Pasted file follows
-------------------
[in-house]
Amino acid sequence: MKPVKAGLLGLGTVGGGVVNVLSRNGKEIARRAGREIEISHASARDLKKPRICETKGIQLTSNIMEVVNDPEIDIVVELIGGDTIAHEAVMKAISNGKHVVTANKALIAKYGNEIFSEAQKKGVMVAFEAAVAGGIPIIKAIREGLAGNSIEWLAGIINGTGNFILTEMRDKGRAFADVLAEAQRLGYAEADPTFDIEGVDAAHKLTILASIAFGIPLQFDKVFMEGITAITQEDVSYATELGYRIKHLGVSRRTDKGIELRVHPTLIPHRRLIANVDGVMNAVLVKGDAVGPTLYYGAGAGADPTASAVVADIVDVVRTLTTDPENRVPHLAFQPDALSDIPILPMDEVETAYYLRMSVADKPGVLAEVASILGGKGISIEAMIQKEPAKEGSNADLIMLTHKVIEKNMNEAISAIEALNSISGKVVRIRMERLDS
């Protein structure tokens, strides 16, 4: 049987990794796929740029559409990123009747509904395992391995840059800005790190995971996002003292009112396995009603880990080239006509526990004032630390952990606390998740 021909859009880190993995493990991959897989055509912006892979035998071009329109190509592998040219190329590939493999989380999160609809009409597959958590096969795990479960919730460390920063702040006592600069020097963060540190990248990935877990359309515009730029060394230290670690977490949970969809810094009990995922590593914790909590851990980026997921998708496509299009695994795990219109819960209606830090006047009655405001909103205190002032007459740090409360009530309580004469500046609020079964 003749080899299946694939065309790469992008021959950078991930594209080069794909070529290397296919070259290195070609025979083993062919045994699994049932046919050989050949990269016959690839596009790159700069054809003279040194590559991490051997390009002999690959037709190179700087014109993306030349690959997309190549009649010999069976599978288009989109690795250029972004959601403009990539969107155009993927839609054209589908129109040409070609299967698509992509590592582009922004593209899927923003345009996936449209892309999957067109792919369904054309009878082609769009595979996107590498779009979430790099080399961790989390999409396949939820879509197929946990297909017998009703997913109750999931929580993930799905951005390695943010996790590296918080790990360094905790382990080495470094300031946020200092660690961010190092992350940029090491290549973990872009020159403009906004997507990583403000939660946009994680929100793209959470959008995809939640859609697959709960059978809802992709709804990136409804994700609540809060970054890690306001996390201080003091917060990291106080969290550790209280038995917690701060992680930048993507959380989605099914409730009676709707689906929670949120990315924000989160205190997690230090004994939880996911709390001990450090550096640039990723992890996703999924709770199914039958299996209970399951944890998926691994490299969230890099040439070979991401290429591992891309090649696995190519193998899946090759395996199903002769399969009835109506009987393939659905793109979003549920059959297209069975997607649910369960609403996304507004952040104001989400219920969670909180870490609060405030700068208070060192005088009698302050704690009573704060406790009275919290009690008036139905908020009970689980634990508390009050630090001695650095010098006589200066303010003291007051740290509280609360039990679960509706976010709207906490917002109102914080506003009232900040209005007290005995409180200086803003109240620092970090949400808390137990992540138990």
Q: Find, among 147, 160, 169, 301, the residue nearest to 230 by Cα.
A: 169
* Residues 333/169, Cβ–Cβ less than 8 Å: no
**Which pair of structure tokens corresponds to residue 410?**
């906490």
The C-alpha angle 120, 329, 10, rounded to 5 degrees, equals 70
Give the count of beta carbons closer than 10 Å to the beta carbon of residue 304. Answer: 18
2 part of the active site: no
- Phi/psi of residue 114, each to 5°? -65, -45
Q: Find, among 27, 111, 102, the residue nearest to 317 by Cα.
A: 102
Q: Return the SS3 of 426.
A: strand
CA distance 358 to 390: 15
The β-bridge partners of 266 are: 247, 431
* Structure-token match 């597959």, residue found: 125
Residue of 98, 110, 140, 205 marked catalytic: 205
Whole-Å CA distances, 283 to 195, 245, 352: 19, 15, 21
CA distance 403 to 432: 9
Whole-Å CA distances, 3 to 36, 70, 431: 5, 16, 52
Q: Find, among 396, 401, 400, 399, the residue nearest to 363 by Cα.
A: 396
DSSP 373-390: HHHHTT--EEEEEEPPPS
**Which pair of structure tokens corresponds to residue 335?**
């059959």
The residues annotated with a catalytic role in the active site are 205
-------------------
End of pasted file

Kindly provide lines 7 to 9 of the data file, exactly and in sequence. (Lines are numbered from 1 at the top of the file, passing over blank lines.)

**Which pair of structure tokens corresponds to residue 410?**
């906490």
The C-alpha angle 120, 329, 10, rounded to 5 degrees, equals 70